Flotation is employed in the secondary treatment of sewage for the removal of suspended solids from the sewage and for the separation and concentration of biological flocculent sludges. In current flotation practice the principal components in a flotation system are a pressurizing pump, air injection facilities, a retention tank and a flotation unit. The sewage or a portion of clarified effluent is pressurised in the presence of sufficient air to achieve super-saturation relative to atmospheric conditions. When the pressure on this super-saturated liquid is released, which may be combined with mixing with sewage at atmospheric pressure, minute air bubbles form in the liquid. Suspended solids are floated by these minute air bubbles which may be attached or become attached to and enmeshed in the solid particles. The air-solids mixture rises to the surface where it is skimmed off. The clarified liquor is removed below.

In present flotation systems a special pump, air injection means and a pressurized tank or vessel are required to effect super-saturation of the solids-liquid mixture.

According to the present invention we provide a method for solids-liquid separation wherein a solids-liquid mixture is circulated around a circulatory system comprising at least two substantially vertical ducts communicating with each other at their upper and lower ends, in a manner such that it flows downwardly in one duct of the system and upwardly in another duct of the system, a gas being supplied to and at least partly dissolved in the mixture, preferably in the downwardly flowing mixture, and a portion of the upwardly flowing mixture containing dissolved gas passing into a flotation chamber connected to the circulatory system in which flotation chamber the hydrostatic pressure gradually decreases as the mixture flows upwards and consequently gas is released from solution and forms gas bubbles attached to solid particles present in the mixture which carry the solid particles to the top of the liquid in the mixture. Subsequently the solid particles carried to the top of the liquid and the resulting clarified liquid below are removed separately from the system.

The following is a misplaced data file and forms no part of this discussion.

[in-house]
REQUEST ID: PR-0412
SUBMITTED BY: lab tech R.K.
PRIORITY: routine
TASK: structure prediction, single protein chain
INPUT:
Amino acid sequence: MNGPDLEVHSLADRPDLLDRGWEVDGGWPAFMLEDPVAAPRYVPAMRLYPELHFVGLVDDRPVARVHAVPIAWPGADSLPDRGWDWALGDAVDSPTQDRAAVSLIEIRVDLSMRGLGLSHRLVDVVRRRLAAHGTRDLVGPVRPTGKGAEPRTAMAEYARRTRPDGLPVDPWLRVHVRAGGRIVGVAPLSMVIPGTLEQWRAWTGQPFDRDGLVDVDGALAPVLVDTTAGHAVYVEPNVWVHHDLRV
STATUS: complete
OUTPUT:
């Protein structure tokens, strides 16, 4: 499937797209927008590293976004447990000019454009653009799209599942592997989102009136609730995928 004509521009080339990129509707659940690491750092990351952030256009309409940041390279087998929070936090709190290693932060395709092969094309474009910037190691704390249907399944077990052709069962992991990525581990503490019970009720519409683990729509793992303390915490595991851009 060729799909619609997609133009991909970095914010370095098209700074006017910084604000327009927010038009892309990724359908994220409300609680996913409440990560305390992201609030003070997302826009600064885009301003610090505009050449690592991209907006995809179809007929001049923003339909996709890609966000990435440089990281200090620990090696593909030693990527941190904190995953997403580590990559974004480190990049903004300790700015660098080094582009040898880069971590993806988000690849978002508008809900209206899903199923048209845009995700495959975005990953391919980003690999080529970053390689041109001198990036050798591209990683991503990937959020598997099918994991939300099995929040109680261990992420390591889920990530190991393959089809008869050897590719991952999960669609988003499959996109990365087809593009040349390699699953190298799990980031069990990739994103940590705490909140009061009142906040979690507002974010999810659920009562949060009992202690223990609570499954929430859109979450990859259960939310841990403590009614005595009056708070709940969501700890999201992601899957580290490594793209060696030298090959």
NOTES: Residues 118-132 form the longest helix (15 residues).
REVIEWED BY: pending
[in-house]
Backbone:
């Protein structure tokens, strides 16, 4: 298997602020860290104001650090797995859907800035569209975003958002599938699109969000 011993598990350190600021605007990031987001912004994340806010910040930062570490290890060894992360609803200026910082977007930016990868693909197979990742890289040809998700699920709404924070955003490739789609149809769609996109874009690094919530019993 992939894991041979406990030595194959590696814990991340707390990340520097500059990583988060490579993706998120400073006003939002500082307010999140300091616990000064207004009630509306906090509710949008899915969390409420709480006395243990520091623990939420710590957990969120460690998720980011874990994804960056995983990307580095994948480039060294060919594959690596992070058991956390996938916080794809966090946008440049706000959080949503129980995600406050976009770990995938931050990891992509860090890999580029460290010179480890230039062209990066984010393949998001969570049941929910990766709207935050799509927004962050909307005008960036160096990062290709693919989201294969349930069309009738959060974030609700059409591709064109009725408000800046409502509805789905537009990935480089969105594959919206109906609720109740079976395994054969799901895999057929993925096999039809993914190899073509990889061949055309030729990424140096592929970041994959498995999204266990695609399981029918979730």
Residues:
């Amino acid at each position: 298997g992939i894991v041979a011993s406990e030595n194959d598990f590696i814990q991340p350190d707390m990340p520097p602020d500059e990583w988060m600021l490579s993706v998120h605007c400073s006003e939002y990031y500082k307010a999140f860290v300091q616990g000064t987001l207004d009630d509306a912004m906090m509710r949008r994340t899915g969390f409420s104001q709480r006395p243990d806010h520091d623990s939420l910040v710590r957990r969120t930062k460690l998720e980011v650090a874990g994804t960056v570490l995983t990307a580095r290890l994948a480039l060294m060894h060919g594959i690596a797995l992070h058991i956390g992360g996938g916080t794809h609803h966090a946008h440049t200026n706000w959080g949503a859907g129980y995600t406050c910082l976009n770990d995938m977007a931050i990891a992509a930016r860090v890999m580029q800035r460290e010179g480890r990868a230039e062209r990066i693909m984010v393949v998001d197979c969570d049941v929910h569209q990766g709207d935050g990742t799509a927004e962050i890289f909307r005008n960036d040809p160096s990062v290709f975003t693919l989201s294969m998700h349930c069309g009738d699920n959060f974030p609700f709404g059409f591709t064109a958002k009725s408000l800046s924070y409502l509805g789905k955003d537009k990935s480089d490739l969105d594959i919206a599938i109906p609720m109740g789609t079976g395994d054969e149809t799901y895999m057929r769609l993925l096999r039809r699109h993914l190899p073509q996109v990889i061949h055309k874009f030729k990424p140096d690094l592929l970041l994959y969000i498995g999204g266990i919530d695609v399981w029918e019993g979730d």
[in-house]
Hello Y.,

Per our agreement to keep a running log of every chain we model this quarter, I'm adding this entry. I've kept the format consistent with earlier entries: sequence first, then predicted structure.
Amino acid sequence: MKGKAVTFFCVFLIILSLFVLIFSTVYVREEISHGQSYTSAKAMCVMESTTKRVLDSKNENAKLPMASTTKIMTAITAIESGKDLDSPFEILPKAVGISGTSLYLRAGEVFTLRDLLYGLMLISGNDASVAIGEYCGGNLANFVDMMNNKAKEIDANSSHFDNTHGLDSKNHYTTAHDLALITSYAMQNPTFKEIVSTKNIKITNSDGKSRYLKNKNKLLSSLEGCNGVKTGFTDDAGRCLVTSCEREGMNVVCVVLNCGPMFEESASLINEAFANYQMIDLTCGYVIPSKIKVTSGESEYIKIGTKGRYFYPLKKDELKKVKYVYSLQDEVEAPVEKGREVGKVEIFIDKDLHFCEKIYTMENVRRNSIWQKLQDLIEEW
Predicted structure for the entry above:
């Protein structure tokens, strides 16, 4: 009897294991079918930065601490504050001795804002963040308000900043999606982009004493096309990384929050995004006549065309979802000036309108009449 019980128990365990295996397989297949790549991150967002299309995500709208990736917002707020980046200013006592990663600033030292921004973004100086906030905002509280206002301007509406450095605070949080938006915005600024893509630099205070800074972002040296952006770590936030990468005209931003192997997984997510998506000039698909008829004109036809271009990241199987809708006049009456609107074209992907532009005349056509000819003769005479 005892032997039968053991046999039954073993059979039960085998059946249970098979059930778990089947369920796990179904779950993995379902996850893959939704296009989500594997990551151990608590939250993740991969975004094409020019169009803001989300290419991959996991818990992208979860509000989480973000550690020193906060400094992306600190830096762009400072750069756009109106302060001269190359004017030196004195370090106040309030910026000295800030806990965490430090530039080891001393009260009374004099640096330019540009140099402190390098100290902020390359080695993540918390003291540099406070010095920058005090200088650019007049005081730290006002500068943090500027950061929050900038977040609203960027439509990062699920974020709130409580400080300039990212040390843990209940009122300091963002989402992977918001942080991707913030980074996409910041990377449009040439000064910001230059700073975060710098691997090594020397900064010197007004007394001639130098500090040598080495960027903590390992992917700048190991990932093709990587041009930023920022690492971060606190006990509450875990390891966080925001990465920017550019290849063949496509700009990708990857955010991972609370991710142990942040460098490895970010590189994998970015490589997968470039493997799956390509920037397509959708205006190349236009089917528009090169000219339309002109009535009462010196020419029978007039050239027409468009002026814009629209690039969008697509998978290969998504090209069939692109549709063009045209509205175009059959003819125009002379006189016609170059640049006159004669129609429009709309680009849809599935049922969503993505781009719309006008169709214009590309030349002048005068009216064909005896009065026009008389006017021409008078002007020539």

Also according to the invention we provide an apparatus for solids-liquid separation comprising a circulatory system with a flotation chamber connected thereto, the circulatory system comprising at least two substantially vertical ducts communicating with each other at their upper and lower ends, means for circulating a solids-liquid mixture around the system so that it flows downwardly in one duct of the system and upwardly in another duct of the system and means for supplying a gas to the mixture in the system, preferably to the downwardly circulating mixture, the flotation chamber being connected to the system in a manner such that a portion of the upwardly-flowing mixture containing dissolved gas passes into the flotation chamber and flows upwardly therein. Suitably, means are provided for removing from the system solid particles carried to the top of the liquid and means for withdrawing from the system the resulting clarified liquid below.